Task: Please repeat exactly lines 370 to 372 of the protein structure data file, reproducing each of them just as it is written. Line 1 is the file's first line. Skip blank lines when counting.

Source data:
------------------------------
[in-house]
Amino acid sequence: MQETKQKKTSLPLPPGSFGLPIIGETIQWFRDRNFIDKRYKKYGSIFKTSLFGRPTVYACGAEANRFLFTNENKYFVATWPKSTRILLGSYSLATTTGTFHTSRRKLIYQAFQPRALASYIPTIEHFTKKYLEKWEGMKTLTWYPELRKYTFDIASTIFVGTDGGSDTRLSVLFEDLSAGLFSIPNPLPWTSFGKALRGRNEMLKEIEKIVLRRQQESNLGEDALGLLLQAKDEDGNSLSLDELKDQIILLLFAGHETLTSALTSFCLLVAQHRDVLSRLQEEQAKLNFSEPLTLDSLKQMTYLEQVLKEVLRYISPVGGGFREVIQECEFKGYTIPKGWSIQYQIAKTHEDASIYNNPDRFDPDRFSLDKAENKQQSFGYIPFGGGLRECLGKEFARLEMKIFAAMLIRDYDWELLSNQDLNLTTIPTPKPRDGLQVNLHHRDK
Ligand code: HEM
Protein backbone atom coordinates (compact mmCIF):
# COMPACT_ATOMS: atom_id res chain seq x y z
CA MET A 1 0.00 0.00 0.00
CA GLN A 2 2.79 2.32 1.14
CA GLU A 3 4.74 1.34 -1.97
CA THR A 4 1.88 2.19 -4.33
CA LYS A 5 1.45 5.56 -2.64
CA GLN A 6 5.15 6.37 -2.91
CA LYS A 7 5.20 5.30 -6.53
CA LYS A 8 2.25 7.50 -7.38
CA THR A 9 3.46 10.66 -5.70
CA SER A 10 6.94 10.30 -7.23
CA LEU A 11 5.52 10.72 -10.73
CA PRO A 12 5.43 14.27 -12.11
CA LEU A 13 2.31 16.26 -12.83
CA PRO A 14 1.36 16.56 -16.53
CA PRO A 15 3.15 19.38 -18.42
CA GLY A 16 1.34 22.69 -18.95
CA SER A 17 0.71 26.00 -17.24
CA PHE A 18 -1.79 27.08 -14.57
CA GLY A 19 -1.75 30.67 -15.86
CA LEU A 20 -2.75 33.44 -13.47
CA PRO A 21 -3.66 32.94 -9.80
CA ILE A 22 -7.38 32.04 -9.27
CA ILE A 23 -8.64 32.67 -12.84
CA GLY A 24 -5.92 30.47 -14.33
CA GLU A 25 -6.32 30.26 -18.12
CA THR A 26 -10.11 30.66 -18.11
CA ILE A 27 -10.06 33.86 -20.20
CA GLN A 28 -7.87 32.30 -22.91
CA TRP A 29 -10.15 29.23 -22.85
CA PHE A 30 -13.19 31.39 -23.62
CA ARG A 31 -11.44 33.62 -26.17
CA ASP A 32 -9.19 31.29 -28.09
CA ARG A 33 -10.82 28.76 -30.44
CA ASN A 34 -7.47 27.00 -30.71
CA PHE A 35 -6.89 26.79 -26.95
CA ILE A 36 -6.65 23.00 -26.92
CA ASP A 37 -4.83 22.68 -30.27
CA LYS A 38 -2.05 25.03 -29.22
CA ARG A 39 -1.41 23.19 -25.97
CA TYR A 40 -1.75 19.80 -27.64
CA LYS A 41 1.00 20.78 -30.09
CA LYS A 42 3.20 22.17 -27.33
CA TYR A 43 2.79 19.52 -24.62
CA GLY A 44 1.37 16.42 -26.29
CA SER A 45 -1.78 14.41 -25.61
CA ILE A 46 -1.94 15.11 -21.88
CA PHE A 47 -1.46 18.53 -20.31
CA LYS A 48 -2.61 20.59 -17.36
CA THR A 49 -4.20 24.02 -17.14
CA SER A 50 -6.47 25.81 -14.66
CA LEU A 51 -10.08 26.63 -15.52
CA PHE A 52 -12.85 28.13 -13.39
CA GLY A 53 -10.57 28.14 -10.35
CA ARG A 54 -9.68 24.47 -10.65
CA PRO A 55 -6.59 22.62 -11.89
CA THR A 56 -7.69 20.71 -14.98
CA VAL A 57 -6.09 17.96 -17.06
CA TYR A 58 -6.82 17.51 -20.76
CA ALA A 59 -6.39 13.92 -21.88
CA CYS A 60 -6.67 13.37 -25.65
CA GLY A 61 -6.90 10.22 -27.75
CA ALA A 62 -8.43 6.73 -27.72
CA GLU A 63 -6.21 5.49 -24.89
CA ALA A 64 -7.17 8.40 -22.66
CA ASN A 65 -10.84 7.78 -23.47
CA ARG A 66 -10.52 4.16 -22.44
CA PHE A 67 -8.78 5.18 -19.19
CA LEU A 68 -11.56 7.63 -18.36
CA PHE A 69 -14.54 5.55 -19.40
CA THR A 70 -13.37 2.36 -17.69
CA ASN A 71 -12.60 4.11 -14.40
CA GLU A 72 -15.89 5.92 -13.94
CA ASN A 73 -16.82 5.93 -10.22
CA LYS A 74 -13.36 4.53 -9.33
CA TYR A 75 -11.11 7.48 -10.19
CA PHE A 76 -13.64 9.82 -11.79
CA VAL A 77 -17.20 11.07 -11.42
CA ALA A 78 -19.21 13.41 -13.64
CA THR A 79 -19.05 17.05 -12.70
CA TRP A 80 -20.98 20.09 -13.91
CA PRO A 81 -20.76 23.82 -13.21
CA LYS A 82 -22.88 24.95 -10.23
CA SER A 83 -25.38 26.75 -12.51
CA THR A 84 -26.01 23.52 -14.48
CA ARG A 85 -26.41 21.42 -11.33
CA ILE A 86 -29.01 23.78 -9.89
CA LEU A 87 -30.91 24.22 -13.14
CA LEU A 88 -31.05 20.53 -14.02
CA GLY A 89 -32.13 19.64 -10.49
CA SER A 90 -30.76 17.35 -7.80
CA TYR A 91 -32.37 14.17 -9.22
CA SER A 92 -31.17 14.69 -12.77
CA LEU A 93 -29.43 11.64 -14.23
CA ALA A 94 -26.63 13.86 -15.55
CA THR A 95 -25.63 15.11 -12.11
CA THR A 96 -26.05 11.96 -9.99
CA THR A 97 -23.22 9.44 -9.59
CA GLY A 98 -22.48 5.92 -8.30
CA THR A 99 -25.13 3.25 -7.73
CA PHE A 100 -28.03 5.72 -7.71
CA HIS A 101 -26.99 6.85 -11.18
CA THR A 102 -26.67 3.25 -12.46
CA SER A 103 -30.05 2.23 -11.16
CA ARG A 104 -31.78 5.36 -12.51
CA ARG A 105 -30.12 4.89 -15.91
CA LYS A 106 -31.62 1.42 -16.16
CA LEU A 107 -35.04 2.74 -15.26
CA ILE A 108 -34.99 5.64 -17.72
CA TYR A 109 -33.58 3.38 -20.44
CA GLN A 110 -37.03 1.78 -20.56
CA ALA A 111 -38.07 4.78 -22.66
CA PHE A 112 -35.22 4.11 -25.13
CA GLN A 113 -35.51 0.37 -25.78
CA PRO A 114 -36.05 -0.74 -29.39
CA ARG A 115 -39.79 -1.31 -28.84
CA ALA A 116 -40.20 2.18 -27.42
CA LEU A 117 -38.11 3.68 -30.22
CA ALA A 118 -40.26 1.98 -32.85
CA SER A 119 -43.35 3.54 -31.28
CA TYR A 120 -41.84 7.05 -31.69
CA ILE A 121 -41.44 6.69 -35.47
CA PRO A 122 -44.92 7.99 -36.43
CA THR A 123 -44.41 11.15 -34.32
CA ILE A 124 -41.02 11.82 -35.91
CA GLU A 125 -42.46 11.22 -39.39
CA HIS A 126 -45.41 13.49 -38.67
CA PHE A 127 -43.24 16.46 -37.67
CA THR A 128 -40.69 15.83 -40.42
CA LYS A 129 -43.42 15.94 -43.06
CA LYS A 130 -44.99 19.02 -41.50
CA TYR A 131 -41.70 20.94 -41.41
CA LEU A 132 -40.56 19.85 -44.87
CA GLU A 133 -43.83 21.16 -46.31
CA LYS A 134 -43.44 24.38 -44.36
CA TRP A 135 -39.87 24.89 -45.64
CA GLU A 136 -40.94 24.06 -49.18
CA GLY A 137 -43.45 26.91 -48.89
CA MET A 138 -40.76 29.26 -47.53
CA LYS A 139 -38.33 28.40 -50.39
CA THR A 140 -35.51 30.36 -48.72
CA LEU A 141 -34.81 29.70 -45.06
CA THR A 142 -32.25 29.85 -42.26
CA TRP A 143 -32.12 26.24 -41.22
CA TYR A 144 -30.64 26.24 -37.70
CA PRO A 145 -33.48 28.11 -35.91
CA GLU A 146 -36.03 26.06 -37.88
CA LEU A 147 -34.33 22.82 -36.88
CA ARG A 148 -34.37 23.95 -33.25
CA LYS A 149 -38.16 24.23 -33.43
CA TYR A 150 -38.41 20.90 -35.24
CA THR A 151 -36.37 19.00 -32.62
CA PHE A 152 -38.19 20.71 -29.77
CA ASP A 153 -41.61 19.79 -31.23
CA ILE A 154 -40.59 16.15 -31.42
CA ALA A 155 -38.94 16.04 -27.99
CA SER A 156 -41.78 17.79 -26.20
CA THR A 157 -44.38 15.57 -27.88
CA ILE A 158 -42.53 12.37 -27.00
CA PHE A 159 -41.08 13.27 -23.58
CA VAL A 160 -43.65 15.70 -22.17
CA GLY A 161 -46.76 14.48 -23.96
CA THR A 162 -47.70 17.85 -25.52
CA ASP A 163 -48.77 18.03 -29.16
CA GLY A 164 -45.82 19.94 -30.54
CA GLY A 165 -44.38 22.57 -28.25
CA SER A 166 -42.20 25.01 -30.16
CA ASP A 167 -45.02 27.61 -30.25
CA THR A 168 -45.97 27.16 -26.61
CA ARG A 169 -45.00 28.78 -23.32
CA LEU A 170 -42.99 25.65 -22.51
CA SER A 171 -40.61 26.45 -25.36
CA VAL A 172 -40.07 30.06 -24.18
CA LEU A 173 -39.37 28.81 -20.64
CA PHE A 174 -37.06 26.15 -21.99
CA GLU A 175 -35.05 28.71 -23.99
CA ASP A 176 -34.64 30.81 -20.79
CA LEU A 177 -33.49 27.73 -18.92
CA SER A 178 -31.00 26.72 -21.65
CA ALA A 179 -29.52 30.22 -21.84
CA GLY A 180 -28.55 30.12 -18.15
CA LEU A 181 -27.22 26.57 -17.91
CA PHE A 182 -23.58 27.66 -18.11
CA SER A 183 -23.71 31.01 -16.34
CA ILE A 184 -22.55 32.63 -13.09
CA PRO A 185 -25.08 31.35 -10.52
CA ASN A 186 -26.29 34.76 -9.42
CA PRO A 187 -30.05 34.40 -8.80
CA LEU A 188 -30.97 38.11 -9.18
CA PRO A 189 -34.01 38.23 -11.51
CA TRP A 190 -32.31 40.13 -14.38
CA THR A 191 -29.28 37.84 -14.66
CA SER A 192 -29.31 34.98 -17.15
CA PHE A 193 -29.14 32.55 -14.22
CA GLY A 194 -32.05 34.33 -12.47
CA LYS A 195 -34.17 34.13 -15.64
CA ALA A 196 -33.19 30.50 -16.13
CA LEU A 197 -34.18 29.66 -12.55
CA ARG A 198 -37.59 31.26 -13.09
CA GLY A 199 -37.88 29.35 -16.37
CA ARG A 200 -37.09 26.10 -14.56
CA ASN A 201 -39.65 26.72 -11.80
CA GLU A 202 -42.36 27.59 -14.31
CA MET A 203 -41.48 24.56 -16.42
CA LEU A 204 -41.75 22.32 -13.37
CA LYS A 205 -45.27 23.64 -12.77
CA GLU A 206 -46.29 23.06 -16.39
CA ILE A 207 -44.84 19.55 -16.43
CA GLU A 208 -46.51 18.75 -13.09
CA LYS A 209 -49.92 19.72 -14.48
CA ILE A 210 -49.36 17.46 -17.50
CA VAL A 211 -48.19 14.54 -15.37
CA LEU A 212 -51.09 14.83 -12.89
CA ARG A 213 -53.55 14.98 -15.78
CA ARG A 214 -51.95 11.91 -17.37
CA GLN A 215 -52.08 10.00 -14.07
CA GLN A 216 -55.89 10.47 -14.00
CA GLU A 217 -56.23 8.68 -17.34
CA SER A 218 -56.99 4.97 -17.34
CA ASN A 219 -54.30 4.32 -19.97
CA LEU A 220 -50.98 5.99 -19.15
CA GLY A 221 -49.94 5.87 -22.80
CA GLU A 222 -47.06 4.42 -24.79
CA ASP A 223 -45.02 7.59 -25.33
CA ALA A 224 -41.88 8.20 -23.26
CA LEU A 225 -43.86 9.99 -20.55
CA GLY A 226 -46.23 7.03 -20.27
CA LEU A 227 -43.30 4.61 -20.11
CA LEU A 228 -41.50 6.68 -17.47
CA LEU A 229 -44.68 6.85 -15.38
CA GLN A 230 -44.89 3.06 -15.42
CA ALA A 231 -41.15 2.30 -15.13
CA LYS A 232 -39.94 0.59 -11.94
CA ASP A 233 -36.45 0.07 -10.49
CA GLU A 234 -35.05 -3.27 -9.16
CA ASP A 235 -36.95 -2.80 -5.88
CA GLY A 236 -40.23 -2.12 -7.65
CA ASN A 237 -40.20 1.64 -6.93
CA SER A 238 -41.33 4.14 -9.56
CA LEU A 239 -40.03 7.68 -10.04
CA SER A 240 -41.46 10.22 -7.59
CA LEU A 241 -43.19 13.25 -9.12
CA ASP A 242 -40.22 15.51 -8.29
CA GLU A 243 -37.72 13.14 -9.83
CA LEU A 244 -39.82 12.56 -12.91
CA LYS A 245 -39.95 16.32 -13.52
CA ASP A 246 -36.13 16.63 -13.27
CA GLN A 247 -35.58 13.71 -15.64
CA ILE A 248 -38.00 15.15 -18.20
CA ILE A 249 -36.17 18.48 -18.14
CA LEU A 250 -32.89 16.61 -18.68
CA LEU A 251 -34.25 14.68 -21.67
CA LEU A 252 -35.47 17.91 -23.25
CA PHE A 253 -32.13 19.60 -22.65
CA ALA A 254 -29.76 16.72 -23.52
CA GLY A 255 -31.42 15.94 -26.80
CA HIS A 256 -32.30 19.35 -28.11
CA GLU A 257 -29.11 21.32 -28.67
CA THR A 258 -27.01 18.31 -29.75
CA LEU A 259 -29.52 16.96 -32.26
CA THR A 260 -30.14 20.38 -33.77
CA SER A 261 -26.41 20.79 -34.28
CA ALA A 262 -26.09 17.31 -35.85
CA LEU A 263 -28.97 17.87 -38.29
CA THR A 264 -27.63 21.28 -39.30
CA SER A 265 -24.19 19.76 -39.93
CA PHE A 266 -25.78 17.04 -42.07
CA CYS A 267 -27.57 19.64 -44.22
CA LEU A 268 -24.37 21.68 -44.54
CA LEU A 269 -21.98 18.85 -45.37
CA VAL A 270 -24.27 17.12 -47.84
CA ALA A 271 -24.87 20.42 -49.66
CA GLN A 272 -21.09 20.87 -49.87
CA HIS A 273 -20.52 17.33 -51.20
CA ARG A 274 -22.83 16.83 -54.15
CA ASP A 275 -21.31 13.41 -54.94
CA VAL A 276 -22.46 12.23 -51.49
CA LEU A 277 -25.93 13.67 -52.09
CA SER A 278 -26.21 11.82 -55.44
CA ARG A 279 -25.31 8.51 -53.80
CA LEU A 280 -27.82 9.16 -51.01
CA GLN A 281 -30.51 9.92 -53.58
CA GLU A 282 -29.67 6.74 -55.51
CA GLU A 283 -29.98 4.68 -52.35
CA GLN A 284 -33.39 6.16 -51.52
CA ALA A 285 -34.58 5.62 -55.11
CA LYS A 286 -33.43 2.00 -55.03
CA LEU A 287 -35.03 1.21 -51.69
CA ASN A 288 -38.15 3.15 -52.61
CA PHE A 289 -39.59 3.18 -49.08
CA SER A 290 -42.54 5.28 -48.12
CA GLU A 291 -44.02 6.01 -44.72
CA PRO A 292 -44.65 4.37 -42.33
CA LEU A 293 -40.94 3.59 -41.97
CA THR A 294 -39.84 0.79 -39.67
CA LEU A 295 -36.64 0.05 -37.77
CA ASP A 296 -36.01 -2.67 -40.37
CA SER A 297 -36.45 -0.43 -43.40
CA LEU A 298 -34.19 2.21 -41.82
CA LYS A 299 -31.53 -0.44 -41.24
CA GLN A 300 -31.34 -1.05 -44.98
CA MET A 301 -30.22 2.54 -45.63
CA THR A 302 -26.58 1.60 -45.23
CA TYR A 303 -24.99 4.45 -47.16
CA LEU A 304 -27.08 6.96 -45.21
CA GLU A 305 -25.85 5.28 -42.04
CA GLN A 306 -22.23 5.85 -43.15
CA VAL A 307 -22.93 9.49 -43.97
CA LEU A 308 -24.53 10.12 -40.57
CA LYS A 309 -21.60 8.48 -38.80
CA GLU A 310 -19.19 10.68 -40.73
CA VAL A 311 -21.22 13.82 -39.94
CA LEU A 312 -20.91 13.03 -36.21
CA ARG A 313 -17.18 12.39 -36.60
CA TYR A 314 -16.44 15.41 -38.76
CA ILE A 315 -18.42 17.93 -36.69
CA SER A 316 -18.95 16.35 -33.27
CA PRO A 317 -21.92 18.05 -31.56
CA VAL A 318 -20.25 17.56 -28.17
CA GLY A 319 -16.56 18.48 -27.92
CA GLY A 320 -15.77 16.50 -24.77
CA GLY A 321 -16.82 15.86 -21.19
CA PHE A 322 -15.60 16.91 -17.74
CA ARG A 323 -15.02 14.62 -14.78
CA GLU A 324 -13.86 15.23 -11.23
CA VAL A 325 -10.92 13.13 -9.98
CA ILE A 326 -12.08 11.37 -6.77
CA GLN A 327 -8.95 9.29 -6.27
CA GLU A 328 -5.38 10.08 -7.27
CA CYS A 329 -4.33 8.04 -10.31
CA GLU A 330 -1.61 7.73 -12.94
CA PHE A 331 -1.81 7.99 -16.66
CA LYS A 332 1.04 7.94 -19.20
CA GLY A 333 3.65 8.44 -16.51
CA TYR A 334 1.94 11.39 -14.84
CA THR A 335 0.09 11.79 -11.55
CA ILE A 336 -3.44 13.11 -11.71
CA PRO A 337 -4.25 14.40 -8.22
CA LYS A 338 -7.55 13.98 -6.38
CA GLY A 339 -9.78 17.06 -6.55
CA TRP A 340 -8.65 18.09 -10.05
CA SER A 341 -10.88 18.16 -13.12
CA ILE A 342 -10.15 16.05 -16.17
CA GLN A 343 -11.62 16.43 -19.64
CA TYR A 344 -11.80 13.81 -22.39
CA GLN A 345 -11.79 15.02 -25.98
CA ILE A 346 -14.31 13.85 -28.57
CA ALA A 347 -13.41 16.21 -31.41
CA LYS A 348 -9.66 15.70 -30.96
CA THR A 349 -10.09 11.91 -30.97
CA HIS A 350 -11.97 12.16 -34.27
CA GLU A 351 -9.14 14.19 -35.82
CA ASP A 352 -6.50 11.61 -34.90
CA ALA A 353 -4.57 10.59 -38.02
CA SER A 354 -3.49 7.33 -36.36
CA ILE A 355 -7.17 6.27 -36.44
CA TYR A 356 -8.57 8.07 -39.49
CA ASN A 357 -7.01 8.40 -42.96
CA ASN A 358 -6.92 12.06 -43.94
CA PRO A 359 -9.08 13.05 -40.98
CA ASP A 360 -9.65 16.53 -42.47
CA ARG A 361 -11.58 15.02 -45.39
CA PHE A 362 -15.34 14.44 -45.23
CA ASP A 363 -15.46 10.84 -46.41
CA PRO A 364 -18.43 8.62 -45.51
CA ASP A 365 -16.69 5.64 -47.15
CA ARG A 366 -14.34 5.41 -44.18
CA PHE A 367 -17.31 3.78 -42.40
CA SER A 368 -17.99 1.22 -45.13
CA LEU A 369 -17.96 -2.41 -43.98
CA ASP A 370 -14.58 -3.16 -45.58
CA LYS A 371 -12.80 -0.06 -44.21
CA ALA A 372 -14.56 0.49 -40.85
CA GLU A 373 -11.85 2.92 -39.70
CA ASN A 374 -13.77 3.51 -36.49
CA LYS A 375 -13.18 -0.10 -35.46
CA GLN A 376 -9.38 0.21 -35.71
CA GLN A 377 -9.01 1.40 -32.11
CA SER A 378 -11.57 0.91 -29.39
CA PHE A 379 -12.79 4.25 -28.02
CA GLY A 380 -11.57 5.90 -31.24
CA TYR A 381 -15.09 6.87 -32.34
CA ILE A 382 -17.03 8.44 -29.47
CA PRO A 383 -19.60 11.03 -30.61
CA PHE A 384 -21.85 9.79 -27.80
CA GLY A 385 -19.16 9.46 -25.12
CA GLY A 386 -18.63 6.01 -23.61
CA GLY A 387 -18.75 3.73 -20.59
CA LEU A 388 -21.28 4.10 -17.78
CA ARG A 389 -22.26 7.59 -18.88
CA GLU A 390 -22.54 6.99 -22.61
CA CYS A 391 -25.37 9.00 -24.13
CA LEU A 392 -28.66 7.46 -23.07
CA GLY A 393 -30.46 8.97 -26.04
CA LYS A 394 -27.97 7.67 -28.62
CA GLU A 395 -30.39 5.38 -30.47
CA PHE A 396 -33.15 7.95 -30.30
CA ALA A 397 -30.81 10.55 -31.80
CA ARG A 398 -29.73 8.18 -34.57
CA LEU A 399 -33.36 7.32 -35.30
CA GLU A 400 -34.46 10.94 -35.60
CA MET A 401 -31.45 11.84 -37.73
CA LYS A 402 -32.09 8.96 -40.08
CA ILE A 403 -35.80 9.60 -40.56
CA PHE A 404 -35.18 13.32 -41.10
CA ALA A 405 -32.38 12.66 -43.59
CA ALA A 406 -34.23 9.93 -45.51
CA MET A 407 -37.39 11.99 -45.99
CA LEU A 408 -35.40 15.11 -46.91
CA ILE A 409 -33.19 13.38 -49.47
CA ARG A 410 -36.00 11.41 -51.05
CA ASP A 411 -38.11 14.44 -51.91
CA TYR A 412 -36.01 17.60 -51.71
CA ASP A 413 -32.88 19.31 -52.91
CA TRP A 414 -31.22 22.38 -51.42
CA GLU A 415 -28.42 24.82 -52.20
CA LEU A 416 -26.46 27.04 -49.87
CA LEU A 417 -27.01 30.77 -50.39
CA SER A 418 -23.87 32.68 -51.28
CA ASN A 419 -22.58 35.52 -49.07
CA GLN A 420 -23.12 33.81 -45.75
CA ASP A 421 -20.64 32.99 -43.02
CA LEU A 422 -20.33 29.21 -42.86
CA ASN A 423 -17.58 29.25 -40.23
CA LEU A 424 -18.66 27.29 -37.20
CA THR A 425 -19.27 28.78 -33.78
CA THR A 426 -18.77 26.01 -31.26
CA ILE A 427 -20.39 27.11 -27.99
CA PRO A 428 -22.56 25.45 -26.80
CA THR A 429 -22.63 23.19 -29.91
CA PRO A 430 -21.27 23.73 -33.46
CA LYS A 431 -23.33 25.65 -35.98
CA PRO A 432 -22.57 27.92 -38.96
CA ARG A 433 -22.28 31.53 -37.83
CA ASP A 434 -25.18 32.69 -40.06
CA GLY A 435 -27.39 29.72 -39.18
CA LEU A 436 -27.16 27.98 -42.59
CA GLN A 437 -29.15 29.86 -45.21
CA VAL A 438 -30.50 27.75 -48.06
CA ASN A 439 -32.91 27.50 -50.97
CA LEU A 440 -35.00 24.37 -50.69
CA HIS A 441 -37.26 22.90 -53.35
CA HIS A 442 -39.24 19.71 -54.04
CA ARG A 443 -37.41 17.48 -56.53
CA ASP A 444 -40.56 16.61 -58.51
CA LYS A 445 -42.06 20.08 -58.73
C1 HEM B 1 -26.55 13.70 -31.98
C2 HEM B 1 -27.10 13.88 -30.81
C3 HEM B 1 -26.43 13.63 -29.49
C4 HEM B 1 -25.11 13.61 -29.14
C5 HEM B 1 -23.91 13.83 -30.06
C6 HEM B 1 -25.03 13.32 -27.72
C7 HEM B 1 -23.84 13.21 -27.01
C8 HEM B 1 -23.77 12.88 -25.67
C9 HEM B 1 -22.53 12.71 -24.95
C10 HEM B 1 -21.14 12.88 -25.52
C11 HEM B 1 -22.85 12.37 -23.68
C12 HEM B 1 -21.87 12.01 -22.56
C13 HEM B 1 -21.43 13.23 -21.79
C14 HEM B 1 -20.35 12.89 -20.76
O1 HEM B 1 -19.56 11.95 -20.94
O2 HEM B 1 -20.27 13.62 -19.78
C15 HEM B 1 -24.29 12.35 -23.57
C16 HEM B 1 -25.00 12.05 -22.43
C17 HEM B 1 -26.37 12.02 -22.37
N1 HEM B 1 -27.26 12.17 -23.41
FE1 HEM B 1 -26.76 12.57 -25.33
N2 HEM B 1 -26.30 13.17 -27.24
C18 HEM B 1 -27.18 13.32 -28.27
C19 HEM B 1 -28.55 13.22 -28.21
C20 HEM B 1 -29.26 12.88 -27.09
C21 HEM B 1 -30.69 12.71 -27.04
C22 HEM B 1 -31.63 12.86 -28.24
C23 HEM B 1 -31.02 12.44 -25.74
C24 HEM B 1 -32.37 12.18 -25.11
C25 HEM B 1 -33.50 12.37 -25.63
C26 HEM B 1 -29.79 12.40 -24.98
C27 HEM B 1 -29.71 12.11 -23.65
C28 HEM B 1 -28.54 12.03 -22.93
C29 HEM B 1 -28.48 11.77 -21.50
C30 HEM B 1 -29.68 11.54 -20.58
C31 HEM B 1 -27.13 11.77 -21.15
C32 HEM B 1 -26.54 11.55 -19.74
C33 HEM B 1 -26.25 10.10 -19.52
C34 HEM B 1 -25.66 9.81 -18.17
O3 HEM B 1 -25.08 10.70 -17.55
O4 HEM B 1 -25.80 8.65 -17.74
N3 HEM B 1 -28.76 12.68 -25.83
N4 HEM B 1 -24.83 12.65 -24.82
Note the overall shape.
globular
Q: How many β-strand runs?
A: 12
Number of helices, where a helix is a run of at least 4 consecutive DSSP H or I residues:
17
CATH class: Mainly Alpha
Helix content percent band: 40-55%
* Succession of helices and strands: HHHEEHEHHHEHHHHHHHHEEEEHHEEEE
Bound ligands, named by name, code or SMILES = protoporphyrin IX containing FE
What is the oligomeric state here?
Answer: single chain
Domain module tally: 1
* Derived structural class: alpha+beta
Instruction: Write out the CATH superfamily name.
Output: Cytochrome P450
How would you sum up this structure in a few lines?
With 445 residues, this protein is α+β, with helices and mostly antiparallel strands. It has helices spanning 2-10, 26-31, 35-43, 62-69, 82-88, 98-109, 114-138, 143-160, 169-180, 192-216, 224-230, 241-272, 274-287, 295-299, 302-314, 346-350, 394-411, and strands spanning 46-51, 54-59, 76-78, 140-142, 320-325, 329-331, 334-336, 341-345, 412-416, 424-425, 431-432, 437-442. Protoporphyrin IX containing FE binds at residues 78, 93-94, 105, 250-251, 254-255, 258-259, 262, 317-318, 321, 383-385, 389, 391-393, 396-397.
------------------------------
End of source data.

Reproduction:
CA ASP A 365 -16.69 5.64 -47.15
CA ARG A 366 -14.34 5.41 -44.18
CA PHE A 367 -17.31 3.78 -42.40